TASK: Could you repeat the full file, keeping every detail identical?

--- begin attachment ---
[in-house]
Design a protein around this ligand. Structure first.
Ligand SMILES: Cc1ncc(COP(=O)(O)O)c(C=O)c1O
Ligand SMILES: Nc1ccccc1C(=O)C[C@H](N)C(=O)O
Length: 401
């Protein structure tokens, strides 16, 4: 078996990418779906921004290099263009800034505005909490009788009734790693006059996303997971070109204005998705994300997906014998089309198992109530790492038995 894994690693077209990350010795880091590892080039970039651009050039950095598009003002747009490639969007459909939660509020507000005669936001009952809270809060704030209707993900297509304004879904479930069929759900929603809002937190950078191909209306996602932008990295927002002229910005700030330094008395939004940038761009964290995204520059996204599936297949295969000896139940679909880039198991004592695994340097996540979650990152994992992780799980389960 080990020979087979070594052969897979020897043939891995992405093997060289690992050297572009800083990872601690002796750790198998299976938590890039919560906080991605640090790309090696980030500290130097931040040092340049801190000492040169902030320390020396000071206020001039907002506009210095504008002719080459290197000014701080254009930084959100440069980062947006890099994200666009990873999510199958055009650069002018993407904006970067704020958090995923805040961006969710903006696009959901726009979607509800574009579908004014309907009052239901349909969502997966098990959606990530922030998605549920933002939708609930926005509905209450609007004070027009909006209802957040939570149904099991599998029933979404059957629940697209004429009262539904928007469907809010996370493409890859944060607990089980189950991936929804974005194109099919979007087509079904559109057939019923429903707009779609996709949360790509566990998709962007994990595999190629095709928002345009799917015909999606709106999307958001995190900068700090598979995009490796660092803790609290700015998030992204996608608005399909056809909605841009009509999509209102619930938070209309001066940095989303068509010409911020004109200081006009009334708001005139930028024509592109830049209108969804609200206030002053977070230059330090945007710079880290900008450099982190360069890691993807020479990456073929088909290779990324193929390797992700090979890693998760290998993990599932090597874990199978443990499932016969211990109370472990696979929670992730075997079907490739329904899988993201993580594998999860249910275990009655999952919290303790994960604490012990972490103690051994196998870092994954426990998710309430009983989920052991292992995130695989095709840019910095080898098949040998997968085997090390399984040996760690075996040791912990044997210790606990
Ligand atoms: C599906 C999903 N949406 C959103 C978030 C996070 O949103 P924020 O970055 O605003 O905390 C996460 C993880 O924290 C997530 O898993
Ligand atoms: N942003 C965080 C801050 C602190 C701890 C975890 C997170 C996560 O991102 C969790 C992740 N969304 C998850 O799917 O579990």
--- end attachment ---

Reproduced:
[in-house]
Design a protein around this ligand. Structure first.
Ligand SMILES: Cc1ncc(COP(=O)(O)O)c(C=O)c1O
Ligand SMILES: Nc1ccccc1C(=O)C[C@H](N)C(=O)O
Length: 401
């Protein structure tokens, strides 16, 4: 078996990418779906921004290099263009800034505005909490009788009734790693006059996303997971070109204005998705994300997906014998089309198992109530790492038995 894994690693077209990350010795880091590892080039970039651009050039950095598009003002747009490639969007459909939660509020507000005669936001009952809270809060704030209707993900297509304004879904479930069929759900929603809002937190950078191909209306996602932008990295927002002229910005700030330094008395939004940038761009964290995204520059996204599936297949295969000896139940679909880039198991004592695994340097996540979650990152994992992780799980389960 080990020979087979070594052969897979020897043939891995992405093997060289690992050297572009800083990872601690002796750790198998299976938590890039919560906080991605640090790309090696980030500290130097931040040092340049801190000492040169902030320390020396000071206020001039907002506009210095504008002719080459290197000014701080254009930084959100440069980062947006890099994200666009990873999510199958055009650069002018993407904006970067704020958090995923805040961006969710903006696009959901726009979607509800574009579908004014309907009052239901349909969502997966098990959606990530922030998605549920933002939708609930926005509905209450609007004070027009909006209802957040939570149904099991599998029933979404059957629940697209004429009262539904928007469907809010996370493409890859944060607990089980189950991936929804974005194109099919979007087509079904559109057939019923429903707009779609996709949360790509566990998709962007994990595999190629095709928002345009799917015909999606709106999307958001995190900068700090598979995009490796660092803790609290700015998030992204996608608005399909056809909605841009009509999509209102619930938070209309001066940095989303068509010409911020004109200081006009009334708001005139930028024509592109830049209108969804609200206030002053977070230059330090945007710079880290900008450099982190360069890691993807020479990456073929088909290779990324193929390797992700090979890693998760290998993990599932090597874990199978443990499932016969211990109370472990696979929670992730075997079907490739329904899988993201993580594998999860249910275990009655999952919290303790994960604490012990972490103690051994196998870092994954426990998710309430009983989920052991292992995130695989095709840019910095080898098949040998997968085997090390399984040996760690075996040791912990044997210790606990
Ligand atoms: C599906 C999903 N949406 C959103 C978030 C996070 O949103 P924020 O970055 O605003 O905390 C996460 C993880 O924290 C997530 O898993
Ligand atoms: N942003 C965080 C801050 C602190 C701890 C975890 C997170 C996560 O991102 C969790 C992740 N969304 C998850 O799917 O579990």